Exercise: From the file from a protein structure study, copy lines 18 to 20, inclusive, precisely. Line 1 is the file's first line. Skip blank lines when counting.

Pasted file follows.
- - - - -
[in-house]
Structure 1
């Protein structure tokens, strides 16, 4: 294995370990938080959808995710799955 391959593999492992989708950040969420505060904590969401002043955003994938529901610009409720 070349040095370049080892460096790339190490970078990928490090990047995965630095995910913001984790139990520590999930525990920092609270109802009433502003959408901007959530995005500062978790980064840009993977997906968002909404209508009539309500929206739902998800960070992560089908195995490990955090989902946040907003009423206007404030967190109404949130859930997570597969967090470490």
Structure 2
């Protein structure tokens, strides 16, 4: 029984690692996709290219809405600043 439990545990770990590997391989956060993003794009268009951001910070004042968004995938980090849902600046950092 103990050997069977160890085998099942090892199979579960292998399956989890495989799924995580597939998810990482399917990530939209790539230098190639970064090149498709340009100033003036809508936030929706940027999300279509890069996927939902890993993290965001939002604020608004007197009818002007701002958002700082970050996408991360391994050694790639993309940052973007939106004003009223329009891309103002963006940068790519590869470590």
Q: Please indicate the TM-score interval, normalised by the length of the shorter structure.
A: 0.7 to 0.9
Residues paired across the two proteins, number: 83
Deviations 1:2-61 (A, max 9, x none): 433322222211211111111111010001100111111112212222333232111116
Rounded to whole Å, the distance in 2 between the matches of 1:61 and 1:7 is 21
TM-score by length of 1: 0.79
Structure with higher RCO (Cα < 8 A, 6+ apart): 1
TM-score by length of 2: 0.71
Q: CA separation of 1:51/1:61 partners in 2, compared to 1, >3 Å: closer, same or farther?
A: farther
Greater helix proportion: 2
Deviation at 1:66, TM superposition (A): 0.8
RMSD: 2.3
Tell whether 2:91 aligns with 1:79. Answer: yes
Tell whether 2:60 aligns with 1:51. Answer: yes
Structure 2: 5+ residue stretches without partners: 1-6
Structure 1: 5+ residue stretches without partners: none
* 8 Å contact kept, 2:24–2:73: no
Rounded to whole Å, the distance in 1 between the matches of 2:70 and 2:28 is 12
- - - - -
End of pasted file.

RMSD: 2.3
Tell whether 2:91 aligns with 1:79. Answer: yes
Tell whether 2:60 aligns with 1:51. Answer: yes